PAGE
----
Daniel Levine: We’ve seen great advances in therapeutic options for most people with the condition. You’re pursuing a gene therapy for patients who are ineligible for CFTR modulator therapy. One of the challenges with cystic fibrosis is the large number of mutations that can cause the condition, something on the order of 2000 different mutations. Is your gene therapy expected to work across mutations or be for a very specific one?

Alan Cohen: Yeah, that’s a great question and actually I think an important question. In fact, yes, 4D-710 should work across all subtypes. As you mentioned, there are certainly an enormous number of CFTR mutations, over 2000 within the CFTR gene. The commonality among all of these genetic mutations is a lack of sufficient and or functional CFTR protein and 4DMT’s approach was to create an investigational genetic medicine, which we refer to as 4D-710. It uses that A101 vector we’ve spoken about a moment ago for the treatment of lung disease. This is currently in phase 2 study for adults with CF who are ineligible for CFTR modulators or simply couldn’t tolerate them and discontinued their use because of intolerability or safety effects. It’s highly differentiated because it was designed for a single dose aerosol delivery containing a corrected transgene CFTR∆R, which we deliver directly to the airway. And although we’re currently targeting those people with CF lung disease ineligible or intolerant of current modulator therapies, there’s no reason to think that 4D-710 couldn’t be potentially beneficial to all genetic subtypes of people suffering with CF lung disease irrespective.

Daniel Levine: What’s known about it from studies you’ve done to date.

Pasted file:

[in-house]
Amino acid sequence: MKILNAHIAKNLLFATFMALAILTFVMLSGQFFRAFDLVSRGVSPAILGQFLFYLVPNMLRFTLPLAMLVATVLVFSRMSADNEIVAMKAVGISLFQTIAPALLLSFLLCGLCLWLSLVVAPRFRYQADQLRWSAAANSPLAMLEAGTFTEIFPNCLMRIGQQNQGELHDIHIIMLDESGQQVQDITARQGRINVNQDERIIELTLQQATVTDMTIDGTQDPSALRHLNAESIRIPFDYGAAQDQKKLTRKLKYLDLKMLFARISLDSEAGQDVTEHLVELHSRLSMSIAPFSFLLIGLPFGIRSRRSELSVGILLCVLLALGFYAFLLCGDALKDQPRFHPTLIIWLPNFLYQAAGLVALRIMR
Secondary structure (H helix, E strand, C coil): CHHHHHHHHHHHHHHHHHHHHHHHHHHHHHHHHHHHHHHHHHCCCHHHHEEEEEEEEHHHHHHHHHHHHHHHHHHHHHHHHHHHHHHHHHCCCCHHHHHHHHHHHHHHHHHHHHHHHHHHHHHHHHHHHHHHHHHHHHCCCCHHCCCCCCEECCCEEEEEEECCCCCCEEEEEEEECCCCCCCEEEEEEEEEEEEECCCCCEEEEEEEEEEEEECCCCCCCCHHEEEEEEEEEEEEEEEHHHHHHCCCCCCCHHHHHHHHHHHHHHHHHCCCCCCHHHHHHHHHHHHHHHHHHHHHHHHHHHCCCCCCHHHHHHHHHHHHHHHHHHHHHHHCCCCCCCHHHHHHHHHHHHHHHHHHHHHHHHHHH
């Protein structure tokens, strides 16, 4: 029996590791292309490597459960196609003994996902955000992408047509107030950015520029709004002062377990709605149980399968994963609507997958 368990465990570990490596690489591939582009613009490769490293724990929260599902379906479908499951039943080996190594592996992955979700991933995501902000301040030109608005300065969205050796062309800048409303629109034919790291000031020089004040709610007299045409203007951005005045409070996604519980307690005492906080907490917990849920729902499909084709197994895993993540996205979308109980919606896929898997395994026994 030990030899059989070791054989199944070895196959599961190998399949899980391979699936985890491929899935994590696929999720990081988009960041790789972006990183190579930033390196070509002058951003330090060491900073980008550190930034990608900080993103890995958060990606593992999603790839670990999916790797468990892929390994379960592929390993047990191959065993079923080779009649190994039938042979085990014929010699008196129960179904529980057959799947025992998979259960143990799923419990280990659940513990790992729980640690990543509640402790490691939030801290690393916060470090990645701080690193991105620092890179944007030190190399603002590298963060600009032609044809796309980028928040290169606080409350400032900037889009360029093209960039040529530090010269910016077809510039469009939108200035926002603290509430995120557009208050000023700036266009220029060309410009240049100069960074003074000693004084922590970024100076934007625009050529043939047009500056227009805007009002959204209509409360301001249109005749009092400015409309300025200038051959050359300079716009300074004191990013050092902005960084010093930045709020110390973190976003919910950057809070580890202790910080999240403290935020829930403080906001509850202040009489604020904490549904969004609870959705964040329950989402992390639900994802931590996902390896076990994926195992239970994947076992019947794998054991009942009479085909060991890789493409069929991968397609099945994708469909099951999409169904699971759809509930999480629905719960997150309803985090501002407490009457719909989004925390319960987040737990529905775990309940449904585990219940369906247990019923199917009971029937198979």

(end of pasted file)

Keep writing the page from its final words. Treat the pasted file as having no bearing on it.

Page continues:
Alan Cohen: So, the clinical phase 1/2 study we’re currently running is called the AEROW study. It’s currently enrolling subjects in the United States, and we’re excited about the support that we’ve gotten from both the CF Foundation in the United States and their therapeutic research development network. Primary endpoints of the study are safety, tolerability, and defining a maximal tolerated dose as well as selection of a dose to expand into phase 2. Secondary endpoints as you would imagine, include assessments of clinical activity, quality of life and lung function, plus exploratory endpoints, assessing the feasibility of detecting transgene transfer and CFTR transgene expression, and we’re doing that via bronchoscopic biopsies and airway cell brushings. To date, we’ve treated nine people with CF across four different dosing levels with the goal of demonstrating safe delivery of our CFTR∆R genetic medicine. And at the National CF meeting, which was just a few months ago in the last quarter of 2023, our KPI presented biopsy data collected in the first seven of these subjects where we reported consistent high level expression of the CFTR∆R gene and CFTR protein across all samples collected, and the therapy by and large was generally well tolerated.